Wandering around the BBC site today I ran across an article about James Dyson, the man who invented the cyclone vacuum cleaner, and took on the entire industry in the process. Dyson is one of those home inventors and tinkerers that Britain is famous for and one who made good. The story is about the fact that Dyson has been awarded a knighthood in the New Year Honours List.
The article quotes Dyson on a few topics, for example, he says his recipe for success is simple: make things that people want to buy. It took Dyson plenty of patience though, after making 5,127 prototypes over four and a half years he tried to get the big players in the cleaner market interested, but they told him to go away, so he started his own company, which is now worth an estimated $1 billion. He says:
“Each failure, the 5,126 failures taught me so much,” the 59-year-old explained. “Success teaches you nothing. Failures teach you everything.
“Making mistakes is the most important thing you can do.”
An important lesson for anyone who think success comes easy. It his later comments in the article I would like to focus on:
Despite selling products that [are] easily recognisable by their bright colours, Mr Dyson argues that cute designs are not enough to ensure the success of a product, and wants the UK to do more to promote engineering and technology.
“To survive against Chinese producers, we can’t just rely on shallow styling,” he said. “We need technology and design that they don’t have.
“As long as we continue to innovate and produce products that have better features and work better, we can compete.”
Earlier this year, Mr Dyson revealed plans to set up the Dyson School of Design Innovation in Bath, which will aim to encouraging young people to consider engineering careers.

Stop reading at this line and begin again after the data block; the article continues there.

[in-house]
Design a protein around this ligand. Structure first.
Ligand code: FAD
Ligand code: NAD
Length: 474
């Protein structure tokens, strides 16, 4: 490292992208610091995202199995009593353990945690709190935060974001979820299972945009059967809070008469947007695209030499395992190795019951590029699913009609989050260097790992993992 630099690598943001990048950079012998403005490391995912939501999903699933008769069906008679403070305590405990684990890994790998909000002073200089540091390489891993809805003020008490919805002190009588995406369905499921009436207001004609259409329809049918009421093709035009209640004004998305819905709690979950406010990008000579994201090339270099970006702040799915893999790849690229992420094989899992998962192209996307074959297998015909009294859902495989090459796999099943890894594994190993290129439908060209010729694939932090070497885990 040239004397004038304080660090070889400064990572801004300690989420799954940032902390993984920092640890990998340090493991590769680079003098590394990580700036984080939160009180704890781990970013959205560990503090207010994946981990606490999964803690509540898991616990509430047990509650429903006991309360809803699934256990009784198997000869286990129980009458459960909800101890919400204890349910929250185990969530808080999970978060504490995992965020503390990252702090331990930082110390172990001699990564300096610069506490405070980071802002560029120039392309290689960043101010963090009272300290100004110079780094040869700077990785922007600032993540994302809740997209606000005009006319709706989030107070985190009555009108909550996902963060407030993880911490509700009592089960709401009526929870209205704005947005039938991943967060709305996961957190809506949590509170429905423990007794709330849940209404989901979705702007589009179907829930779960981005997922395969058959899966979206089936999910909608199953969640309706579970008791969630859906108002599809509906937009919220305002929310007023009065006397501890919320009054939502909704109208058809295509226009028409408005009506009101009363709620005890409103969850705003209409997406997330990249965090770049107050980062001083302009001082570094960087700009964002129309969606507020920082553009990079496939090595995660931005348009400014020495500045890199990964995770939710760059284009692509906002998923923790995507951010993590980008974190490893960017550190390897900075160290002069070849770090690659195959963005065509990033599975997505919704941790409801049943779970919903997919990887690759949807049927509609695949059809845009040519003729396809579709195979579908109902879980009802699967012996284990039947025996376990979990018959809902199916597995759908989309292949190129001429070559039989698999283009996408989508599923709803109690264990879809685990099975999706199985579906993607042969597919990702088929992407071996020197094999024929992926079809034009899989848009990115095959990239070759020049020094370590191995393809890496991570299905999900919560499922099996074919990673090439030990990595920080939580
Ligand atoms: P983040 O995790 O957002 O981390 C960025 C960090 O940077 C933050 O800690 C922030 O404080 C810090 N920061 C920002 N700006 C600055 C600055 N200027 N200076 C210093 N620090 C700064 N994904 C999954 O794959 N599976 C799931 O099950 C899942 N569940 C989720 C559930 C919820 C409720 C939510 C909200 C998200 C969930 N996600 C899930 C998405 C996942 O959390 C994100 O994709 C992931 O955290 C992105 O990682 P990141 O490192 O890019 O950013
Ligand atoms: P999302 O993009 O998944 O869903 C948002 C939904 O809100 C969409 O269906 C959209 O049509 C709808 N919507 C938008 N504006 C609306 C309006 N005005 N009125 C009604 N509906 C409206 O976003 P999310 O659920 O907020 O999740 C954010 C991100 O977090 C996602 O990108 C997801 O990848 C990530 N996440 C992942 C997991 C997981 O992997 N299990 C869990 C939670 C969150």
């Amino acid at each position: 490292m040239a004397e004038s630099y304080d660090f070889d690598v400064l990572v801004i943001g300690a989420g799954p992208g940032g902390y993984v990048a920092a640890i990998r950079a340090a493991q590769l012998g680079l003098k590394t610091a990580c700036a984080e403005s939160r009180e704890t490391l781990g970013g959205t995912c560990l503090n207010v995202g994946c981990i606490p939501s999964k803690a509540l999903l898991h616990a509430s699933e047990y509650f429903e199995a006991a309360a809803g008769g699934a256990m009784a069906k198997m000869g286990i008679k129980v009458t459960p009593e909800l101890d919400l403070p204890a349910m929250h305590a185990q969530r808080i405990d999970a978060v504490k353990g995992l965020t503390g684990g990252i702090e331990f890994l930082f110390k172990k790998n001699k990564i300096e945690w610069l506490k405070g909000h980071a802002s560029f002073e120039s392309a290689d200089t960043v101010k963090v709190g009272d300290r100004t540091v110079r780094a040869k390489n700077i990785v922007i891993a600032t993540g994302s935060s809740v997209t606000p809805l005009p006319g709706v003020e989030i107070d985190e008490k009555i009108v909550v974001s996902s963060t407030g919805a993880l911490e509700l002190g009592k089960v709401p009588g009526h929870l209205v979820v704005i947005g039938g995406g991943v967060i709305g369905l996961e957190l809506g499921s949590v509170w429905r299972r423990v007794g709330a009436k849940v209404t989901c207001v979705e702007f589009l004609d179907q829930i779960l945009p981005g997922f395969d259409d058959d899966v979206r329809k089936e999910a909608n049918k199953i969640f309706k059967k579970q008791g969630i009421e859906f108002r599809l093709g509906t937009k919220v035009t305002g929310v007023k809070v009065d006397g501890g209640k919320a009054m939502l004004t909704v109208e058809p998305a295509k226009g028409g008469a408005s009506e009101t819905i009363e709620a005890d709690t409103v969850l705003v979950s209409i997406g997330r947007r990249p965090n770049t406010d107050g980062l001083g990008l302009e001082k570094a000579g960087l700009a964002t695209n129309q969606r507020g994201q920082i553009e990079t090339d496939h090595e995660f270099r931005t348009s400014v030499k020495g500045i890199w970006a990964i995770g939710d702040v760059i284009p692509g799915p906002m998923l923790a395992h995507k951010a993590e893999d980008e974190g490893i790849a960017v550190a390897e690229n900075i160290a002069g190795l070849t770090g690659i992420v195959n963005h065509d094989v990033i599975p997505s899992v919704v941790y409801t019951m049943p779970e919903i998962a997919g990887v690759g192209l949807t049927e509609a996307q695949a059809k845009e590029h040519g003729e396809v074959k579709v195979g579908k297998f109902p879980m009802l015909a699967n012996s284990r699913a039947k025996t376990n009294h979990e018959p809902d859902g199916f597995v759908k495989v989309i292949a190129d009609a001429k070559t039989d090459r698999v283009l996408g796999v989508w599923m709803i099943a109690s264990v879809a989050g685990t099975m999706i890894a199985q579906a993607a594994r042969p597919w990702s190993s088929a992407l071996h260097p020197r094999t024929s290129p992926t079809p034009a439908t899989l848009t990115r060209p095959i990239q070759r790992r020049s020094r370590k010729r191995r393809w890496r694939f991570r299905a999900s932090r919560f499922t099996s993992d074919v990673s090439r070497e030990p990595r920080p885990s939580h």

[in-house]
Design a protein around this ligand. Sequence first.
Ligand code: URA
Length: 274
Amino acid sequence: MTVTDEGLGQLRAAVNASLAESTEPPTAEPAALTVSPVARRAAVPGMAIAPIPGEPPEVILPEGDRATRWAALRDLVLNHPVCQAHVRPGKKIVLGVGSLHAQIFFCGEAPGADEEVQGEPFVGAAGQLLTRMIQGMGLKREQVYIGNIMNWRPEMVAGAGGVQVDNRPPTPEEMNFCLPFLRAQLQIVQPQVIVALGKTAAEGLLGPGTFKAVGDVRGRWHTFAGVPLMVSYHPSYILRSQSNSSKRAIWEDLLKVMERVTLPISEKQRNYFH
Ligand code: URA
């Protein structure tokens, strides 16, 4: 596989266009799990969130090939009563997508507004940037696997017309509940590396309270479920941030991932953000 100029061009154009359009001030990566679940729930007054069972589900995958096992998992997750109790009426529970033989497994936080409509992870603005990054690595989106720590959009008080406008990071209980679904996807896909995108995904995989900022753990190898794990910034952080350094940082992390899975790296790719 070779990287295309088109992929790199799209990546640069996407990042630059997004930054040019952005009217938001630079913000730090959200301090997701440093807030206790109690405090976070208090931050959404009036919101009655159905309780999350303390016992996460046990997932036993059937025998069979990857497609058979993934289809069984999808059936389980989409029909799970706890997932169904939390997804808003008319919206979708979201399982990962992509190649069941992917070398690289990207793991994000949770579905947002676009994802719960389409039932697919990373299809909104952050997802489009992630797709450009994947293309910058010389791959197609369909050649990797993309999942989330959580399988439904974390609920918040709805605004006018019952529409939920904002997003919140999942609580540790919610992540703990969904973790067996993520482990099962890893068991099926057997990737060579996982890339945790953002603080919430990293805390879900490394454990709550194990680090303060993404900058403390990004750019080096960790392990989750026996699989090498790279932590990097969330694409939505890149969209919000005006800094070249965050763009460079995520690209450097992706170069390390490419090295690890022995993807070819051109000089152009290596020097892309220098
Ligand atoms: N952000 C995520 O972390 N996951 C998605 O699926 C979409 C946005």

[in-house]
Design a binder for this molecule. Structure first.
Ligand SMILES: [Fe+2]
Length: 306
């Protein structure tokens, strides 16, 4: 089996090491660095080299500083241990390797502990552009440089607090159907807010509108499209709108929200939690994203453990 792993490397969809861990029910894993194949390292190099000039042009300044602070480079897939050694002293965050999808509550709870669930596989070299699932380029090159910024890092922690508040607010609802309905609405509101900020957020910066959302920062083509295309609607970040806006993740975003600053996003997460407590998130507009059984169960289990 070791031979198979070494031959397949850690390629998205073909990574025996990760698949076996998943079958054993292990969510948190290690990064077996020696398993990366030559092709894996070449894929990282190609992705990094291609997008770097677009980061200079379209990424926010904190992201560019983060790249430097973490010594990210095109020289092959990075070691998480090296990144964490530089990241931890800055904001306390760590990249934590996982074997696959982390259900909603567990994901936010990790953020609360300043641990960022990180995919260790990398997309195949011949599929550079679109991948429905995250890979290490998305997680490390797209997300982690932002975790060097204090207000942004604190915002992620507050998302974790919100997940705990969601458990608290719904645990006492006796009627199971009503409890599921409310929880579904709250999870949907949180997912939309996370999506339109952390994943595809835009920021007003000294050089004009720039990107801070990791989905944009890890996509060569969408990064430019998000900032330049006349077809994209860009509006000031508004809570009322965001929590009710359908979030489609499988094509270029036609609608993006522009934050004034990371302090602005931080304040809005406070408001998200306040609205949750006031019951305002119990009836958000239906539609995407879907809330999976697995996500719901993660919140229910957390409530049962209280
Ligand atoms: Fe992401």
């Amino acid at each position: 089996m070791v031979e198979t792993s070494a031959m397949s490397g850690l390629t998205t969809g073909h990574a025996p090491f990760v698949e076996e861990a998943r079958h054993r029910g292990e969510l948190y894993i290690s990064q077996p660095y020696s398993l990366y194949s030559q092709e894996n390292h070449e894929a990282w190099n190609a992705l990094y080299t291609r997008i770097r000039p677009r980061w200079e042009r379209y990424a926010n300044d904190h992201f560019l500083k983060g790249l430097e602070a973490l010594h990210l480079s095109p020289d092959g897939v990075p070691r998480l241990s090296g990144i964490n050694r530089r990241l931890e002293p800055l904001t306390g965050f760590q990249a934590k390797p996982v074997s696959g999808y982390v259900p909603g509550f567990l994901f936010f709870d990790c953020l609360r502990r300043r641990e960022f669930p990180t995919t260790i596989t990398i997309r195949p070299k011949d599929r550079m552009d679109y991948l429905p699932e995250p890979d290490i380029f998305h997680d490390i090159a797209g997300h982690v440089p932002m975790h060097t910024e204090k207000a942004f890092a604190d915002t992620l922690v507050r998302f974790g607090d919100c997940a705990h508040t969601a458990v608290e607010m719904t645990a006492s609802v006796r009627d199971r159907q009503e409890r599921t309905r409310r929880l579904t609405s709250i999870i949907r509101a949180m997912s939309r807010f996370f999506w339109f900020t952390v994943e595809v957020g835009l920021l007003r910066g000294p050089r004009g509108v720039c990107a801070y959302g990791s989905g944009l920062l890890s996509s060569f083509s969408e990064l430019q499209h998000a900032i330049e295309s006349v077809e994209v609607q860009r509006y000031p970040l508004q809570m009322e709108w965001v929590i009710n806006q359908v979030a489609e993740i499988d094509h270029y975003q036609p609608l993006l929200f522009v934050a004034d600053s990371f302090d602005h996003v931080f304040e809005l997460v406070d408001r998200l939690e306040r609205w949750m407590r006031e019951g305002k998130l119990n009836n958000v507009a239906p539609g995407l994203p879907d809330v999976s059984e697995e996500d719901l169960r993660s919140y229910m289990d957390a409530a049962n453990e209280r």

“I have spent 35 years making things in a country that often has little regard for its manufacturers,” he once said.
“It has left me more convinced than ever that engineering is this country’s future.”
Essentially, I agree with exactly what he says. The Brits have always been fantastically inventive, we have an amazing record, but equally we have a long history of not getting behind our scientists and inventors. Most of them have to work on a shoestring to start with, and when they do produce results, someone with no vision but the power to say yes or no decides it’s not a good idea. You can read many of the high-profile examples of this in The Backroom Boys by Francis Spufford. Another good example is the jet engine developed by Frank Whittle which the RAF and private investors never thought would work, allowing German Hans von Ohain to catch up and overtake Whittle with his similarly designed engine, getting a flying version working earlier.
The mass availability of cheap labour means we will never be able to compete with China and India (and wherever else once they become too expensive) when manufacturing mass-market goods. The western world will need to specialise on luxury items and continued advancement. I used to work in an industry which was under pressure from engineers in ‘low-cost centres,’ namely India, China, even places like Romania. They are rapidly closing the gap for general engineering but our advantage is in innovation.